Big data has taken every industry by storm, but so far the lodging industry has largely been immune. That’s set to change. Over the last few years, an army of PropTech start-ups have taken aim at the commercial real estate industry, positioning themselves to disrupt how developers buy, sell, and manage property. Commercial real estate is the tip of the spear right now, but the lodging industry’s turn is right around the corner.
For hospitality architects, big data has the potential to help plan more efficient and profitable hotels, streamline the design process, and improve the guest experience. AI-powered tools are de-risking the hotel development process, improving financial and operational performance, and enabling a new future of data-driven design.
Evolving the Standard Design Process
AI has inaugurated a shift in the practice of architecture, moving from a passive design process to a new, generative approach. In a nutshell, while passive design starts with an idea for a building and then analyzes it, generative design starts with a set of success criteria and generates thousands of ideas for a building that would meet those parameters. In the time a designer could create and validate four design schemes, an AI engine can generate a million, and recommend the optimal configurations based on precedent and proprietary data sets.
The advantages are profound. Rather than spending a little time being creative and a lot of time crunching numbers, generative design allows designers to spend a little time up-front dialing in variables, and more time crafting guest experiences. More importantly, the generative approach creates data-rich architecture in a way passive design doesn’t. Because the digital models that emerge are still attached to the data sets that originate them, designers can continue tweaking parameters and see how it affects performance throughout the design process.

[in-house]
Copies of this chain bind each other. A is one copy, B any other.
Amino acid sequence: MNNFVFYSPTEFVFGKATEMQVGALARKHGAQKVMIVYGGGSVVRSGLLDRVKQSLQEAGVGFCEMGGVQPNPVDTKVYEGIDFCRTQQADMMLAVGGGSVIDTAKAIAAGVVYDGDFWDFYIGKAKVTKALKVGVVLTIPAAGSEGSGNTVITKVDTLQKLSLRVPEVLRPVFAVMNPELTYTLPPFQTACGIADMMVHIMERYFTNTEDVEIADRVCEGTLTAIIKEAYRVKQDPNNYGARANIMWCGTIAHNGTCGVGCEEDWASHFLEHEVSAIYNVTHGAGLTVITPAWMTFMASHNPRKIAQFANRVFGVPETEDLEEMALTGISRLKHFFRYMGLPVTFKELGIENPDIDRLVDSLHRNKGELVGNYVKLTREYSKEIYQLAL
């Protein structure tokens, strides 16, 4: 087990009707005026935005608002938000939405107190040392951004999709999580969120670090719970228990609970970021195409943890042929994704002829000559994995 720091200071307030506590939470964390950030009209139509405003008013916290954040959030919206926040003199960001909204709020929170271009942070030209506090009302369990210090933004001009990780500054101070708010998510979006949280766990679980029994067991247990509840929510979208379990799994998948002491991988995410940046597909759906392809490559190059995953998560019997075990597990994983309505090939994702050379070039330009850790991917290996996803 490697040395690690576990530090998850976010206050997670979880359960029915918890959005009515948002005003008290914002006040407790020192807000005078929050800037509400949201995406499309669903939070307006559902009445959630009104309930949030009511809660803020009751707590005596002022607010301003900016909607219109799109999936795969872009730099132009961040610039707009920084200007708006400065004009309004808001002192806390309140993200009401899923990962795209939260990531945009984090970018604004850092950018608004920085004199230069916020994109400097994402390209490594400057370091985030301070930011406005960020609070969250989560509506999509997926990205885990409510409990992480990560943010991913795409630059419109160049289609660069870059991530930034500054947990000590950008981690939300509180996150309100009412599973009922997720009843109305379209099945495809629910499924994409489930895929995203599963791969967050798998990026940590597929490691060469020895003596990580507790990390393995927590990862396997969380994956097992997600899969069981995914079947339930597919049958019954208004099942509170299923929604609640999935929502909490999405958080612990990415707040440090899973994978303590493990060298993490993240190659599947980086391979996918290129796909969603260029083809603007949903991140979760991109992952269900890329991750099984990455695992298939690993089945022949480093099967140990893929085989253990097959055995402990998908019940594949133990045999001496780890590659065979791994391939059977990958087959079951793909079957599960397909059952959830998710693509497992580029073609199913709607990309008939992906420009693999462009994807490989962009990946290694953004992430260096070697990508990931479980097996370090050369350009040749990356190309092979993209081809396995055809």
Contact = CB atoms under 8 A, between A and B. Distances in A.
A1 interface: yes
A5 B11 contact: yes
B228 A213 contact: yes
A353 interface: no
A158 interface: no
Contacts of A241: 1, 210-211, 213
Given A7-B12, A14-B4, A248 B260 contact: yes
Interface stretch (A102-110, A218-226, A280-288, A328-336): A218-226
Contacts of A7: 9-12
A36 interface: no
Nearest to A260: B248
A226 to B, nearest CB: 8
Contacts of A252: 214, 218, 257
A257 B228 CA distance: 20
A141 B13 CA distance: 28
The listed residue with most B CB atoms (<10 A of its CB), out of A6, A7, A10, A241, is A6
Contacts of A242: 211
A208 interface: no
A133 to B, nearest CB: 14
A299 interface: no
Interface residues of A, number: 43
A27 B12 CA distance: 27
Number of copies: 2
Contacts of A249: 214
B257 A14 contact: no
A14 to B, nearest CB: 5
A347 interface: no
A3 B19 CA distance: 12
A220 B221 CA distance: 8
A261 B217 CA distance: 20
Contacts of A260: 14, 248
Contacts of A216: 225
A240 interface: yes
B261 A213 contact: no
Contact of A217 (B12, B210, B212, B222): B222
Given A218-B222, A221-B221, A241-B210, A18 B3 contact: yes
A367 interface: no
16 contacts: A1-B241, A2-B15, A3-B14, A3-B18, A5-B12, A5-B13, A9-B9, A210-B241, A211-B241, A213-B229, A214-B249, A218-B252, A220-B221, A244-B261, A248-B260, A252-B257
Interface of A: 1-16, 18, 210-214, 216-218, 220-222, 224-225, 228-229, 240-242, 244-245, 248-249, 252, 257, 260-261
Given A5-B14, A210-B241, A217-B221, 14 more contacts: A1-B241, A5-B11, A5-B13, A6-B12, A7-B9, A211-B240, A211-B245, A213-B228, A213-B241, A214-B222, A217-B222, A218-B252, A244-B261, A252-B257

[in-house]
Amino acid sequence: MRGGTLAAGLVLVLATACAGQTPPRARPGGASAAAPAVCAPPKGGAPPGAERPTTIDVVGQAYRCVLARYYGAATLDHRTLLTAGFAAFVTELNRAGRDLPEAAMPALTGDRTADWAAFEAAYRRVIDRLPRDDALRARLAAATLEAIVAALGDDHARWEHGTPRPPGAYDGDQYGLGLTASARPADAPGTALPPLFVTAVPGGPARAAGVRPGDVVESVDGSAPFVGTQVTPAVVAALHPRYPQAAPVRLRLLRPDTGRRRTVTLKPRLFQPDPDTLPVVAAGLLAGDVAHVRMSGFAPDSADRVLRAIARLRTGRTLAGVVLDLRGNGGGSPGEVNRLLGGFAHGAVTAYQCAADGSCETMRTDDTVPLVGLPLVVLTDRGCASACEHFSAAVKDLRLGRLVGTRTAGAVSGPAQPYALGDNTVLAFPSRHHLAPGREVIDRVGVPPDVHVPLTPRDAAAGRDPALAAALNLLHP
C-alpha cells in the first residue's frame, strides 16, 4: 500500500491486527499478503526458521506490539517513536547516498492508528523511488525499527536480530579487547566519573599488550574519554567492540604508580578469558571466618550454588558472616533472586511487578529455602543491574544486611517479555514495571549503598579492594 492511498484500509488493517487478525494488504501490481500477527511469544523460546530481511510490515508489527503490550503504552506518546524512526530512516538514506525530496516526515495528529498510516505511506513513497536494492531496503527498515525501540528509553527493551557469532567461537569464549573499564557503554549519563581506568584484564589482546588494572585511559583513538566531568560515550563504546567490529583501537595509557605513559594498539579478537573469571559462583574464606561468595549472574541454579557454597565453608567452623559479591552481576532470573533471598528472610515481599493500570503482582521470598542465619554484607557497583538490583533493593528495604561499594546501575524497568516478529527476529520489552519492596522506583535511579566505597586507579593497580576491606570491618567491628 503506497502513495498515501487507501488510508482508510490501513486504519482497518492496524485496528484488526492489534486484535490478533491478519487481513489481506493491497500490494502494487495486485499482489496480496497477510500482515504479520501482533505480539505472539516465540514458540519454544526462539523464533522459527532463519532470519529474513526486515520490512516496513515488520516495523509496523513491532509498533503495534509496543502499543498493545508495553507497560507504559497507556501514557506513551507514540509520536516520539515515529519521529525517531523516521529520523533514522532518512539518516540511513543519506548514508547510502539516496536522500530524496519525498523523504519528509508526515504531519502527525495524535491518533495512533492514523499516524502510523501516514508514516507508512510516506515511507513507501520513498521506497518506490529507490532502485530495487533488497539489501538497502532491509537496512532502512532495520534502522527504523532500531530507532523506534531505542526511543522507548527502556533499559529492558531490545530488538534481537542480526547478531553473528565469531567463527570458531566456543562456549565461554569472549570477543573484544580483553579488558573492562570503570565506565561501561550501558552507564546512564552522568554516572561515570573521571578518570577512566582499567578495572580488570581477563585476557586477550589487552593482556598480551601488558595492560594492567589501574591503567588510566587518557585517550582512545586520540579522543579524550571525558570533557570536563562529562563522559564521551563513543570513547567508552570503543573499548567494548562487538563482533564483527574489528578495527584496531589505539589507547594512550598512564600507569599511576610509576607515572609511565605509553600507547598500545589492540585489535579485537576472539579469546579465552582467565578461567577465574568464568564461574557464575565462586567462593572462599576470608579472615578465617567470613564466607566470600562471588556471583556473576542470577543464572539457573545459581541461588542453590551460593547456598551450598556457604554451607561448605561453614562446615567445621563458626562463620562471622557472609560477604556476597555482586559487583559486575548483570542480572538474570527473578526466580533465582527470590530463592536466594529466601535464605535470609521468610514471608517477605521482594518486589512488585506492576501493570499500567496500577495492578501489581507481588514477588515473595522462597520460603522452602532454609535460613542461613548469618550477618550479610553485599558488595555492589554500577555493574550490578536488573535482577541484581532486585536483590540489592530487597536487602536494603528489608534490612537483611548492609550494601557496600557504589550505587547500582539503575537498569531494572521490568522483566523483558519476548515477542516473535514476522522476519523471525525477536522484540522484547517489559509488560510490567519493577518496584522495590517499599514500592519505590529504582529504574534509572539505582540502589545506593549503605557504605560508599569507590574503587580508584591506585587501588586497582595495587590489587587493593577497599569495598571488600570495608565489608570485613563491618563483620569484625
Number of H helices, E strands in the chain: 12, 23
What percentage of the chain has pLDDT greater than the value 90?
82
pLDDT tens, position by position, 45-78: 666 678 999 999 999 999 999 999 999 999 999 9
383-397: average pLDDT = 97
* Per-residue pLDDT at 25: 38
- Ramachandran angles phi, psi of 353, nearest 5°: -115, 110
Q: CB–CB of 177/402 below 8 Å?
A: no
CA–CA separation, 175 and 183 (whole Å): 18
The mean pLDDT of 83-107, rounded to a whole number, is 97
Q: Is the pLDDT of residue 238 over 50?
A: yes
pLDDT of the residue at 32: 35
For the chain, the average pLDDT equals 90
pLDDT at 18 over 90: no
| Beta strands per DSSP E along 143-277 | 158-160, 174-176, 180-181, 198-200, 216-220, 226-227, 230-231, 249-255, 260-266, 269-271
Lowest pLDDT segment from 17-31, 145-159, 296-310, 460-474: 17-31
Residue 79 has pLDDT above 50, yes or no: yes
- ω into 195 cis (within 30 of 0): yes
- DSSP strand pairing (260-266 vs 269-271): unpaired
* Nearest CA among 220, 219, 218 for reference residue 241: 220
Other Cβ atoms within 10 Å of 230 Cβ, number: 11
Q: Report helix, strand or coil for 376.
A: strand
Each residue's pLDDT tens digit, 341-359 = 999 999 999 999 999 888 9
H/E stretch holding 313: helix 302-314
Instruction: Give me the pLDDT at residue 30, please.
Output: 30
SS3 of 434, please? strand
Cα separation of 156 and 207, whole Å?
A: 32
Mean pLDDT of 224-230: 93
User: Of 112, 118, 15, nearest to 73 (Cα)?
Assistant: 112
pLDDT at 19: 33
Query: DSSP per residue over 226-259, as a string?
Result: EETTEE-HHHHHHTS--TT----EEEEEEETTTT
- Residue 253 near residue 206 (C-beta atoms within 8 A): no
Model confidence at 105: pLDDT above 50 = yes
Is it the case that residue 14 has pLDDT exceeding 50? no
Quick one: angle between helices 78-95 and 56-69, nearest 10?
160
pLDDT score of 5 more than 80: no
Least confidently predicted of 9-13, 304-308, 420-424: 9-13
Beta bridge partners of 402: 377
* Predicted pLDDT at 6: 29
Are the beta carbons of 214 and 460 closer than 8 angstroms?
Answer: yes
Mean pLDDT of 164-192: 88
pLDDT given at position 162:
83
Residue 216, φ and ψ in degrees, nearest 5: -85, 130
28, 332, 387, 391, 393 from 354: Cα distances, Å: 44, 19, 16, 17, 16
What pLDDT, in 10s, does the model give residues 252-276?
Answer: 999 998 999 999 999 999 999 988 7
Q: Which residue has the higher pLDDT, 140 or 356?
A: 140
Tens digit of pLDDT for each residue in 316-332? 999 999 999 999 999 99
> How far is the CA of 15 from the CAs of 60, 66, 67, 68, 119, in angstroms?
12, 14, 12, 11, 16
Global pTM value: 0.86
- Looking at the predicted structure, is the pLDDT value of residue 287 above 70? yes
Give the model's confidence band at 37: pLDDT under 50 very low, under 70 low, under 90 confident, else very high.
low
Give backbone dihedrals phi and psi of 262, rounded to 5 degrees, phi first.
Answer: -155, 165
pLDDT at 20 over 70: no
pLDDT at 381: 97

For example, LEO A DALY is working with PropTech startup Parafin to develop software that connects with existing parametric-design tools, tying design directly to financial data. Parafin’s platform accelerates the site-acquisition process by rapidly generating design concepts, budgets, and investment proforma for real-estate developers. Having variables such as height, guestroom count, square-footage, budget, FAR and profit margin all connected in a digital model will help designers make better decisions faster.
A Deeper Layer of Data
Optimizing the form and location of a building is just the beginning. Designers can apply the same precision to variables within the hotel itself. Every municipality, hotel brand, developer, and operator has rules that govern everything from how far the building is from the curb to the sizes of parking spaces, guestrooms, columns, and floor composition. Each variable has a price tag, and at scale, a ripple effect on construction cost.
These variables are important, but they’re not what gets a designer up in the morning. Automating them leaves more time in the design process to integrate meaningful things like sustainability into the model. A variable like window size, for example, has a dramatic effect on building performance. Heat gain, material cost, and energy-efficiency are all affected, not to mention viewshed and natural-light penetration. Oftentimes those variables are determined by brand standards and never second-guessed. With a data-rich neural model, designers can question those assumptions and find balance between performance and cost.
What if changing the window coverage by one percentage point reduces the energy cost by millions of dollars in hard or soft costs? With AI, it’s not just hunch—it’s a question with a verifiable answer. And because it’s happening early in the design process, it’s a change that costs practically nothing to make.
The Feedback Loop
The next step in AI-aided design will be reintegrating real-world performance data from built hotels into design tools. With smart devices tracking use data, hotels will become part of a continuously evolving and improving system. The beginnings of this system are already emerging, with sensors tracking the locations and stocking of housekeeping carts, and in-room sensors tracking use of drawers, phones, and furniture. For operators, insights like these can inform everything from next year’s capex to next week’s staffing. For designers, that data will be valuable in training modeling software to anticipate use trends and design better hotels.